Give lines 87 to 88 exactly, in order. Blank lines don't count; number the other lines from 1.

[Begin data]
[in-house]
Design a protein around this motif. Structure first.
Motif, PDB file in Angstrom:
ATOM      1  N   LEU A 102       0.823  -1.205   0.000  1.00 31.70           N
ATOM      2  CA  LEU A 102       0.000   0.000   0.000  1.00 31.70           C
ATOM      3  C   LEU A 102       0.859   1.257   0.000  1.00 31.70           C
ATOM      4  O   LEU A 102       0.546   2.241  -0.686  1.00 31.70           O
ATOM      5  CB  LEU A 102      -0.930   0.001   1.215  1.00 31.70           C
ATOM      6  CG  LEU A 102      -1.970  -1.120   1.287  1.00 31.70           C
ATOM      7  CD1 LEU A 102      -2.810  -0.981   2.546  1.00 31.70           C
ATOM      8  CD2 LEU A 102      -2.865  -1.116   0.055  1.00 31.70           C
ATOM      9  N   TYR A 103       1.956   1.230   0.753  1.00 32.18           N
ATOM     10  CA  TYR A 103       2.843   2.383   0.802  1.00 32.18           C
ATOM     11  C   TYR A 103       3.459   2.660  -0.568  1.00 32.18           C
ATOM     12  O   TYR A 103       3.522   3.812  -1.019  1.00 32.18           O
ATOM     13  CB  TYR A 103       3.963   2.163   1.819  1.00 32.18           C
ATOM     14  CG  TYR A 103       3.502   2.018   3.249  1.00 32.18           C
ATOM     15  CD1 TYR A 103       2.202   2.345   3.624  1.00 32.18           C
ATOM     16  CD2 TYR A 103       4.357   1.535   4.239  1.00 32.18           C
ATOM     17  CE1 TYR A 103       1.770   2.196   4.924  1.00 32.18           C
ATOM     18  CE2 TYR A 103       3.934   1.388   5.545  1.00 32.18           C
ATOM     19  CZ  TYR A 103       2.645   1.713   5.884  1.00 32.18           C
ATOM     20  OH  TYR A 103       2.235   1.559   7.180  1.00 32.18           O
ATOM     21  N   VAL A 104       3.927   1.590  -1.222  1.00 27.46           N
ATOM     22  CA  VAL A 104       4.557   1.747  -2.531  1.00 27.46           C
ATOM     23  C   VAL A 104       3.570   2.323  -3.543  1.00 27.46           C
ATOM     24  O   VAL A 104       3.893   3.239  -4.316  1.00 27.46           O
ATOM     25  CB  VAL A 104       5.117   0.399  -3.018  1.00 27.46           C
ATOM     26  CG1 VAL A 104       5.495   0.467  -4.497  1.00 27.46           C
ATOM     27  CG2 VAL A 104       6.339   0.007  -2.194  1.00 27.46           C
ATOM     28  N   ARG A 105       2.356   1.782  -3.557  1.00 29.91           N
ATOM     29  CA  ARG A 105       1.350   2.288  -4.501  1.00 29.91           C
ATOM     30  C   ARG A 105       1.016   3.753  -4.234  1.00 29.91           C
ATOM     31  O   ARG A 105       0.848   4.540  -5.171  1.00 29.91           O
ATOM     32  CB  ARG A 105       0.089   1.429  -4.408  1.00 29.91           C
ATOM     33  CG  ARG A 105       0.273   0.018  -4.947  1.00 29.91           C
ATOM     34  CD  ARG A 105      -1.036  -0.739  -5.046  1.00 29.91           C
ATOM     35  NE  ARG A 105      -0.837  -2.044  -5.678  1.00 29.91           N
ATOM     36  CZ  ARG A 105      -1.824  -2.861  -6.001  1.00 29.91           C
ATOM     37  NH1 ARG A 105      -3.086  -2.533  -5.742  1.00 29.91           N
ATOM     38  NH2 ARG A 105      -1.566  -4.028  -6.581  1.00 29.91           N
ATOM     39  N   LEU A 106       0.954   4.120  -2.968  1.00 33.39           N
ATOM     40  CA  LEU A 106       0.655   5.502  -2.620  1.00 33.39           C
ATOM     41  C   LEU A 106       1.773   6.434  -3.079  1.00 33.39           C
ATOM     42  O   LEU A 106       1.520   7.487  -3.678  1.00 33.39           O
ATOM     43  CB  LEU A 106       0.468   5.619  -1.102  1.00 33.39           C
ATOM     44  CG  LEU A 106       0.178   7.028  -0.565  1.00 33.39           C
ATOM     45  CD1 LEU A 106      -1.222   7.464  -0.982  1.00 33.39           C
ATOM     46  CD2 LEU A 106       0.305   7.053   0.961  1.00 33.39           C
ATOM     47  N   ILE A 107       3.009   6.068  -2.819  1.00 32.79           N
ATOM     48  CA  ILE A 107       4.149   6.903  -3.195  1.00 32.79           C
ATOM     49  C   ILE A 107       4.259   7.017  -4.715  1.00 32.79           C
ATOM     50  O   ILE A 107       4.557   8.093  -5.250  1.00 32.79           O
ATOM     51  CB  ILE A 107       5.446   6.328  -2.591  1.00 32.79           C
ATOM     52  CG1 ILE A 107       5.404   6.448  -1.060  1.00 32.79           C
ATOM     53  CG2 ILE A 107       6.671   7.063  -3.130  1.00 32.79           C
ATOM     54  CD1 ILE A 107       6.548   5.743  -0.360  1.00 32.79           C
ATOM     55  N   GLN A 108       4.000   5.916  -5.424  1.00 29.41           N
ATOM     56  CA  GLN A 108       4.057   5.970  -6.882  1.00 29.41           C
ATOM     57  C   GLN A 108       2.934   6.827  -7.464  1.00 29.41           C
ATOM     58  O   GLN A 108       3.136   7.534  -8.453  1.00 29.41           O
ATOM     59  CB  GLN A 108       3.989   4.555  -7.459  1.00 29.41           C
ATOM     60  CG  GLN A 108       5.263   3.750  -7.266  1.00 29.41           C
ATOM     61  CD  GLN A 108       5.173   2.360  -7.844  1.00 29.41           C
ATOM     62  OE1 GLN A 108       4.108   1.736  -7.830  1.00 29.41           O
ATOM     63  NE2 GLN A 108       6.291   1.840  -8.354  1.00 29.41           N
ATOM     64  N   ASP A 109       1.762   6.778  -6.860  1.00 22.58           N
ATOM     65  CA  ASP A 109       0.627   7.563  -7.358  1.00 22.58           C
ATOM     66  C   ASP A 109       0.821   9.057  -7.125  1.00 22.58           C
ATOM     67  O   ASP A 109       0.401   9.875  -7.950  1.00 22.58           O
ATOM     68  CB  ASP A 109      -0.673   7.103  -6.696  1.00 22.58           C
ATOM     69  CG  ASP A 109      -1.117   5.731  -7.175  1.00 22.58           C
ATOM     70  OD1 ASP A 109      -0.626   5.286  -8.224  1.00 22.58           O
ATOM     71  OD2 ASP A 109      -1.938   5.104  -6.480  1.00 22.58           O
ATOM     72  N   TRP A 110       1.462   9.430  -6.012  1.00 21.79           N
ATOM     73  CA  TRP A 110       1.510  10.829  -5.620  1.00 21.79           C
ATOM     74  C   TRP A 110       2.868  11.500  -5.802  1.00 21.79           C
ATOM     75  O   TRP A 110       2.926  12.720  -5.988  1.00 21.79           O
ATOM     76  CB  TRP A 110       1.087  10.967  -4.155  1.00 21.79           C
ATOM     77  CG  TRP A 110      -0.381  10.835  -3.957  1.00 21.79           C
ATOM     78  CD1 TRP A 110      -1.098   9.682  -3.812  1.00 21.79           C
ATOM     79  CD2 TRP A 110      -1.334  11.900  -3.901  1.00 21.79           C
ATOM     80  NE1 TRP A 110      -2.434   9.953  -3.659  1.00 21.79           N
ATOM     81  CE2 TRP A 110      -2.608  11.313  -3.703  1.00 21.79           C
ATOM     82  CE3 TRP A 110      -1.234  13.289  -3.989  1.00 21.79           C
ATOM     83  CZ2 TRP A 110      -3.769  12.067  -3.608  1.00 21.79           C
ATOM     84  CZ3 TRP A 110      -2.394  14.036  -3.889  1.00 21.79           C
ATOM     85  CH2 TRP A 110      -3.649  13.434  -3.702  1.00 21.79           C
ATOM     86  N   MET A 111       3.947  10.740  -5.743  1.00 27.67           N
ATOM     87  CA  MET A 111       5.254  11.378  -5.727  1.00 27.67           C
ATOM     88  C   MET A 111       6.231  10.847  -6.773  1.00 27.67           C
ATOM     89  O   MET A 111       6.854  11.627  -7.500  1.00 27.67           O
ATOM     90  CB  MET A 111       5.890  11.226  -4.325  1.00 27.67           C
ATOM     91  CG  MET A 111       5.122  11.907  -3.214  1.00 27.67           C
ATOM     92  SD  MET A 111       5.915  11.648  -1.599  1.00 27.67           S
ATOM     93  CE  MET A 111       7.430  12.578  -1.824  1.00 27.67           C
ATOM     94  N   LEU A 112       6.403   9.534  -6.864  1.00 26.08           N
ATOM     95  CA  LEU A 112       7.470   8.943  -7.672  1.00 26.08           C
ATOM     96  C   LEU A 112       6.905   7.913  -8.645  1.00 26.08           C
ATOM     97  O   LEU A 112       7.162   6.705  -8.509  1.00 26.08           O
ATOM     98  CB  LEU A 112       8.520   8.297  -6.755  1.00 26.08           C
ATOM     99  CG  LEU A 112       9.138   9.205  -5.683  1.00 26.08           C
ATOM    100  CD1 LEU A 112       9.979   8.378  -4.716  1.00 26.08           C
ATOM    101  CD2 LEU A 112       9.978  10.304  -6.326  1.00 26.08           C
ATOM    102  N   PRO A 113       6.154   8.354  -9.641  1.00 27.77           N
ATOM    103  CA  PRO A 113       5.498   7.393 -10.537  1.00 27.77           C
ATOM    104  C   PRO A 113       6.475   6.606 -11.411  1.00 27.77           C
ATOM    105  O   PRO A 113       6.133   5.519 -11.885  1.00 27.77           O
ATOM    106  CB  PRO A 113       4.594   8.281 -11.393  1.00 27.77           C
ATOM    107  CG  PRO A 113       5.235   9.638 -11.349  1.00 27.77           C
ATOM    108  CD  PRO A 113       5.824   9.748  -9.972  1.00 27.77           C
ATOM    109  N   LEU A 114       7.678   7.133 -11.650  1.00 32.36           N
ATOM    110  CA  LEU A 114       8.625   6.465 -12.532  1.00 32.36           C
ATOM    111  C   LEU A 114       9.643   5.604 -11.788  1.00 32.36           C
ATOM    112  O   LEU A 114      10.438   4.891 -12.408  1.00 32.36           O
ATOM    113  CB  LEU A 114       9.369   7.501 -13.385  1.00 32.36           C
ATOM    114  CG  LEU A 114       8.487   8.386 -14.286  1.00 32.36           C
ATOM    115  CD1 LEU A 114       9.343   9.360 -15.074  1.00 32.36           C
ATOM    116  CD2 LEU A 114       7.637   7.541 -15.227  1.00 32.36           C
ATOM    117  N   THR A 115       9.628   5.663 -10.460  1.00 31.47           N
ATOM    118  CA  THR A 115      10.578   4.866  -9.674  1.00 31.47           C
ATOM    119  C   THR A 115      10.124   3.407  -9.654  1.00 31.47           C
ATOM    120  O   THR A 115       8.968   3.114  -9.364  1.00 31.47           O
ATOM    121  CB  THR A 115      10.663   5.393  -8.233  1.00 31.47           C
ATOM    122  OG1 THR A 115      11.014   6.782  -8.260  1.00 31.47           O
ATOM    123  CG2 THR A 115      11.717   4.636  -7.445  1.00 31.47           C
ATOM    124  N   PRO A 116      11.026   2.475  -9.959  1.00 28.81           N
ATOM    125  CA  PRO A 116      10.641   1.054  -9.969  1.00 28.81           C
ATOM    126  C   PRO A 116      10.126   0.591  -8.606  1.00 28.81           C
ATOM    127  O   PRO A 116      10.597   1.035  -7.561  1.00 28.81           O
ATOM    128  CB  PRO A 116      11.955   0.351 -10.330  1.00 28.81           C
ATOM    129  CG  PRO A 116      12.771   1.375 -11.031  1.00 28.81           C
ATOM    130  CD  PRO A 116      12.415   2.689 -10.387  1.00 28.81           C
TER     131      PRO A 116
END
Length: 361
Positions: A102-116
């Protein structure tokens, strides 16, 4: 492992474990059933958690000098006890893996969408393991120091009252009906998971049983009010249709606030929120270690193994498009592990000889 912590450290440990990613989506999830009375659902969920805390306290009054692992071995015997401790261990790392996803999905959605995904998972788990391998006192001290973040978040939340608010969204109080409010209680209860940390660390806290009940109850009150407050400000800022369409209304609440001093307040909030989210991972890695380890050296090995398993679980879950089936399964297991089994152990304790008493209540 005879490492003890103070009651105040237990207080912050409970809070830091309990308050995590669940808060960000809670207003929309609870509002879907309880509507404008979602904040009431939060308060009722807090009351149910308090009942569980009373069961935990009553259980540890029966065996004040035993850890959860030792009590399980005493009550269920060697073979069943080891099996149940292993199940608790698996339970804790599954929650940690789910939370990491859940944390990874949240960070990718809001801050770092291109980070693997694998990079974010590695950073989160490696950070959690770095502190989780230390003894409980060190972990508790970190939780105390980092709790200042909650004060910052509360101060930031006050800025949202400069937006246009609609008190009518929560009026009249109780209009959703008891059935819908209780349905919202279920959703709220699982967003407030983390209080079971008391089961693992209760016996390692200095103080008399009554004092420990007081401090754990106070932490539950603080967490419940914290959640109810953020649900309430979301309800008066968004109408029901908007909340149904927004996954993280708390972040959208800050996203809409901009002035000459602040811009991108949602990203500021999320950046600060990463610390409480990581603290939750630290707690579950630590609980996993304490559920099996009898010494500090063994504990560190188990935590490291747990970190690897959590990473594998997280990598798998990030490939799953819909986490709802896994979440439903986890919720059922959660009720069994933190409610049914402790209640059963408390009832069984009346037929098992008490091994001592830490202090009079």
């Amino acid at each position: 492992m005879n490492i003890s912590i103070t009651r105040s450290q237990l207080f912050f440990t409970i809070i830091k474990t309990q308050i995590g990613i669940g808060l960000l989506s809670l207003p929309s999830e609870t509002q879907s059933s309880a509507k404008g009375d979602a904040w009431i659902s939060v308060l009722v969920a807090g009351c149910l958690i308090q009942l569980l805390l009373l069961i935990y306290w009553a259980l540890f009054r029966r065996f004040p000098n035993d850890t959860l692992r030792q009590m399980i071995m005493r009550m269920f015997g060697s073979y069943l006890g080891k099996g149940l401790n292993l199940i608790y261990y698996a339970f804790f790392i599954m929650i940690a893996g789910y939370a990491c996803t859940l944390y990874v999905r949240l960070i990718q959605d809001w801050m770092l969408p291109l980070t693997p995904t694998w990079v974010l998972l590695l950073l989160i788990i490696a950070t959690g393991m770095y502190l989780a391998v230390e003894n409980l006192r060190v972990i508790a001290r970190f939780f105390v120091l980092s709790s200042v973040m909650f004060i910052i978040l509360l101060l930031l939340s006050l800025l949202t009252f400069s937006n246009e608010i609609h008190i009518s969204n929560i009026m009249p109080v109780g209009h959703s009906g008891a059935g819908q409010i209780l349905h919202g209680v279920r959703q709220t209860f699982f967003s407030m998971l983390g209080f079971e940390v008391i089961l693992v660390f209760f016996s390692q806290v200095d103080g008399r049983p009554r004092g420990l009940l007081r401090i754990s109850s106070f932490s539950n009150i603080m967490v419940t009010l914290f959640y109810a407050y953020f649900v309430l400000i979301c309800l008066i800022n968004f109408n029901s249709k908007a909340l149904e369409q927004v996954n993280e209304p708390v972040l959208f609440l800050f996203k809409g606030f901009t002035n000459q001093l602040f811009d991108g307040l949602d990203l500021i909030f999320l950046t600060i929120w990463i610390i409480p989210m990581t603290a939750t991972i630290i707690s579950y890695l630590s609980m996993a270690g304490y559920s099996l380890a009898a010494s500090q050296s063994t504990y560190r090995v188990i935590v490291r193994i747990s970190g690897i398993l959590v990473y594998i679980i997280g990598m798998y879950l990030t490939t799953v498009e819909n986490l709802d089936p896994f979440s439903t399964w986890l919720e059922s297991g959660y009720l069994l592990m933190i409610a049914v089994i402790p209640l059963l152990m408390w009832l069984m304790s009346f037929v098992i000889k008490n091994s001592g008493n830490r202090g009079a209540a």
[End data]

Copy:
ATOM     84  CZ3 TRP A 110      -2.394  14.036  -3.889  1.00 21.79           C
ATOM     85  CH2 TRP A 110      -3.649  13.434  -3.702  1.00 21.79           C